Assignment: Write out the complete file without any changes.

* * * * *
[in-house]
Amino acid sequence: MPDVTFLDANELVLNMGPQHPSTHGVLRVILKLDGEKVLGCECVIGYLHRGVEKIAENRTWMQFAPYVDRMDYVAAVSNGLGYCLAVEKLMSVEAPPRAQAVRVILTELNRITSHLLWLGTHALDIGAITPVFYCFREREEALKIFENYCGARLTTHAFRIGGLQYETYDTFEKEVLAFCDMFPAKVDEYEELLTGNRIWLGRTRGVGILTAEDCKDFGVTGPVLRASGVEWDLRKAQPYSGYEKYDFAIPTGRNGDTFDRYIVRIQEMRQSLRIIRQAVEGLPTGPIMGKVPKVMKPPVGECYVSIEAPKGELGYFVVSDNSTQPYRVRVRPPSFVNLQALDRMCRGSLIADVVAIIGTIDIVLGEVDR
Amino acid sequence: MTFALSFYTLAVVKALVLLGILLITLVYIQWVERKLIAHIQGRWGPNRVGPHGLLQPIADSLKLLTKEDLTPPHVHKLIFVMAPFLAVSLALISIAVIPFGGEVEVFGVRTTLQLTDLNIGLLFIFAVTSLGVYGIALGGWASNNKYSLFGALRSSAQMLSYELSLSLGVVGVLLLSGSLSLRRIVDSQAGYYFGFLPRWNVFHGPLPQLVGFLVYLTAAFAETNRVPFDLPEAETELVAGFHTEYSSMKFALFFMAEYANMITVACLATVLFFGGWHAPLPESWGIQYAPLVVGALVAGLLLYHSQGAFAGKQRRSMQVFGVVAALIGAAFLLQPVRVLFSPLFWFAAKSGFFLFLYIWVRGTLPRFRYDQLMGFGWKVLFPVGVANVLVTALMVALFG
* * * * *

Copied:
[in-house]
Amino acid sequence: MPDVTFLDANELVLNMGPQHPSTHGVLRVILKLDGEKVLGCECVIGYLHRGVEKIAENRTWMQFAPYVDRMDYVAAVSNGLGYCLAVEKLMSVEAPPRAQAVRVILTELNRITSHLLWLGTHALDIGAITPVFYCFREREEALKIFENYCGARLTTHAFRIGGLQYETYDTFEKEVLAFCDMFPAKVDEYEELLTGNRIWLGRTRGVGILTAEDCKDFGVTGPVLRASGVEWDLRKAQPYSGYEKYDFAIPTGRNGDTFDRYIVRIQEMRQSLRIIRQAVEGLPTGPIMGKVPKVMKPPVGECYVSIEAPKGELGYFVVSDNSTQPYRVRVRPPSFVNLQALDRMCRGSLIADVVAIIGTIDIVLGEVDR
Amino acid sequence: MTFALSFYTLAVVKALVLLGILLITLVYIQWVERKLIAHIQGRWGPNRVGPHGLLQPIADSLKLLTKEDLTPPHVHKLIFVMAPFLAVSLALISIAVIPFGGEVEVFGVRTTLQLTDLNIGLLFIFAVTSLGVYGIALGGWASNNKYSLFGALRSSAQMLSYELSLSLGVVGVLLLSGSLSLRRIVDSQAGYYFGFLPRWNVFHGPLPQLVGFLVYLTAAFAETNRVPFDLPEAETELVAGFHTEYSSMKFALFFMAEYANMITVACLATVLFFGGWHAPLPESWGIQYAPLVVGALVAGLLLYHSQGAFAGKQRRSMQVFGVVAALIGAAFLLQPVRVLFSPLFWFAAKSGFFLFLYIWVRGTLPRFRYDQLMGFGWKVLFPVGVANVLVTALMVALFG